YOU WOULDN’T EXPECT to be selected as first fiddle in the London Symphony Orchestra without putting in some serious hours of practice.
10,000 hours (or around 3 hours per day x 10 years) is the accepted minimum amount of time it takes to really master something — and probably plenty longer for the violin.
It’s the same with meditation.
Not that you’re probably going to be putting in those sort of hours while plugged into your tablet or smart phone, with a piece of technology on your head (like the guys are in this promo shot for the new Muse brain sensing headband).
Nor that most people take up meditation (or a musical instrument come to that) to become a maestro at it.
Most people take it up to find more stillness and calm in the midst of hectic lives. And, as with any new activity, with meditation it’d be brilliant to have a device that could help you get into a regular habit of practising when you first start, plus be some sort of measure and positive reinforcement that you’re on the right track.
With a musical instrument the positive feedback is more obvious by the pleasing (or not) sounds you’re making. With meditation self-regulated guidance is not so easy. Calmness and stillness of mind comes slowly, in increments, over time.
And this is where the Muse brain sensing headband looks like it wants to find its niche. It isn’t marketed as a meditation tool as such (it’s more directed as a means to manage stress and anxiety, help bring focus and improve emotional states) but meditation tool, quite clearly, it is.
And clearly too any effective piece of technology that gives you a readout on your Alpha, Delta, Theta, Gamma and Beta brainwaves would of great interest to many meditators.
It certainly is to this one.
HAPPINESS ON THE BRAIN
And that’s because one of the most useful and groundbreaking studies that’s been done on meditators using state-of-the-art fMRI and EEG scans, was completed on some adepts at the University of Wisconsin by Dr Richard Davidson.
The peer reviewed study was conducted on meditators, including Ven. Matthieu Ricard and Mingyur Rinpoche, who had completed 10,000 hours of practice (or somewhere apparently between 10,000 and 50,000 in Ricard’s case).
The study looked at a number of different types of meditation (including meditating on compassion) and one of the most important findings was that the meditators could voluntarily regulate brain activity through meditation.
One of the most relevant results to us here (in light of the Muse headband) is that the EEG recordings showed a dramatic increase in the gamma activity in the meditators left frontal lobes of their brains while doing compassion meditation.
The left frontal lobe are where feelings like happiness, joy and enthusiasm are located. One of the most obvious implications of this is that selflessly caring for others — in the form of an established practice of compassion meditation — generates happiness in the mind of the practitioner.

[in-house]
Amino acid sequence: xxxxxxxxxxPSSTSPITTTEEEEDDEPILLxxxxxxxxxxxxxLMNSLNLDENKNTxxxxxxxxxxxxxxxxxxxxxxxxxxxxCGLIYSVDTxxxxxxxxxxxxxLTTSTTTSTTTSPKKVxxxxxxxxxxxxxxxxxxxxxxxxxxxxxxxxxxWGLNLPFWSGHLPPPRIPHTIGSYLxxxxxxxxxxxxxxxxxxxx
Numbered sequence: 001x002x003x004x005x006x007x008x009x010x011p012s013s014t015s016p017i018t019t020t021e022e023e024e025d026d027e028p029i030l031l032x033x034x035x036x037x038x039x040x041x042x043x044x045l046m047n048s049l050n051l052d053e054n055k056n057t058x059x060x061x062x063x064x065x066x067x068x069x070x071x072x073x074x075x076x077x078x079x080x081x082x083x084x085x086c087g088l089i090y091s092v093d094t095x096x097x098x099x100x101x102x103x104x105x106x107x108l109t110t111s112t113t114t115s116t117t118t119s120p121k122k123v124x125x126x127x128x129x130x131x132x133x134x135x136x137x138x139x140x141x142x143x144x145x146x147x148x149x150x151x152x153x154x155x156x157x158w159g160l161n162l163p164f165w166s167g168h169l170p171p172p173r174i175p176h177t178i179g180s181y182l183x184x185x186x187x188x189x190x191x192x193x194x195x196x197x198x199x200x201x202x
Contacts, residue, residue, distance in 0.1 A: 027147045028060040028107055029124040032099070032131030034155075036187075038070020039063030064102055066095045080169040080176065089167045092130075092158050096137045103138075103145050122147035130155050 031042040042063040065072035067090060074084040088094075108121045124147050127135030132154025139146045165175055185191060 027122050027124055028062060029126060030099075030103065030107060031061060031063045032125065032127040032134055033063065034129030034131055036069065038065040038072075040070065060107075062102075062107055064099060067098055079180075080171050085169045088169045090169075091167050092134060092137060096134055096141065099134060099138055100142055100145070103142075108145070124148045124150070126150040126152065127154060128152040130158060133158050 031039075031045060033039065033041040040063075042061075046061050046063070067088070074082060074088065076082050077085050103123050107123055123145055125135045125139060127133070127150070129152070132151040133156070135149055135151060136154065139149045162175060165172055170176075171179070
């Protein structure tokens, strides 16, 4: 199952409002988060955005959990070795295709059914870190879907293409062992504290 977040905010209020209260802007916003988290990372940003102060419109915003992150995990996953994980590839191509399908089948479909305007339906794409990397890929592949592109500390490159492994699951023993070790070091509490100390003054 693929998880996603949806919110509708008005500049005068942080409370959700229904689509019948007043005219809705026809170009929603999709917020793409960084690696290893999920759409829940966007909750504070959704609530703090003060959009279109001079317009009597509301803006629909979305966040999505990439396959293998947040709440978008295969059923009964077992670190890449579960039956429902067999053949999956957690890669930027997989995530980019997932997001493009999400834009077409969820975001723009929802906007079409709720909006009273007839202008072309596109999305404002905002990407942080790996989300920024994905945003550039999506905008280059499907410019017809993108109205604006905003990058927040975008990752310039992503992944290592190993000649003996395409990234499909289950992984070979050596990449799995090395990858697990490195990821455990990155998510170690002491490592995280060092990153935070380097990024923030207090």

The fMRI scans also showed that the part of the brain, the amygdala, which apparently has a lot to do with the intensity of fear and anxiety in our brains, was significantly shrunken in the meditators studied.
It was groundbreaking stuff and indeed a follow up brain scan study of Matthieu Ricard by Dr Paul Ekman of the Human Interaction Laboratory at the University of California achieved results that were “so unprecendented” according to Daniel Goleman in his book Destructive Emotions, “that he was not yet sure he completely understood them himself”.
A MIND LABORATORY AT HOME
Getting such good scientific data from inside the brains of some highly experienced meditators has been a great way to point to the efficacy of meditation to the scientific community and those unfamiliar with it as a practice.
I’m not sure yet of the accuracy of this gizmo compared to the sophisticated ones used in the groundbreaking study — but that it’s now a technology that can be shrunk into a commercially-available headband is an extraordinary thing.
To many beginning meditators there’d be nothing like being able to demonstrate something of what’s going on in the brain, when you’re meditating — when, at least as far as the outside observer is concerned, you’re just sitting down doing nothing.
Plus you’d think this technology might just give you the sort of positive reinforcement and early guidance you need to form a regular habit of meditating.
Similar to the larger and more sophisticated EEG equipment to be found in hospitals and universities, the Muse headband measures the electrical activity in the brain — and is, apparently, used in its own right in over 50 hospitals and labs.
In simple terms we produce more Alpha waves when we’re relaxed and we produce more Delta waves when we’re asleep. Theta waves meanwhile, are associated with very deep relaxation and sleep and Beta and Gamma are associated with thinking and problem solving.
The ability to track these five bands of brain wave would be of deep interest to many meditators.
I’ve been meditating for a number of years (and I’m no expert by any means) but I’m deeply curious to know what the Muse headband reveals and how — when paired with a tablet, smart phone or computer — it provides help to anyone looking to gain a little more stillness and calmness of mind.
I’m skeptical frankly as to the device’s ongoing usefulness to a regular meditator, given that working with a read out in real time and wondering what the state of your mind is, would be a serious stumbling block in trying to let go of discursive thoughts.
But we’ll see — there’s one on its way to me now.
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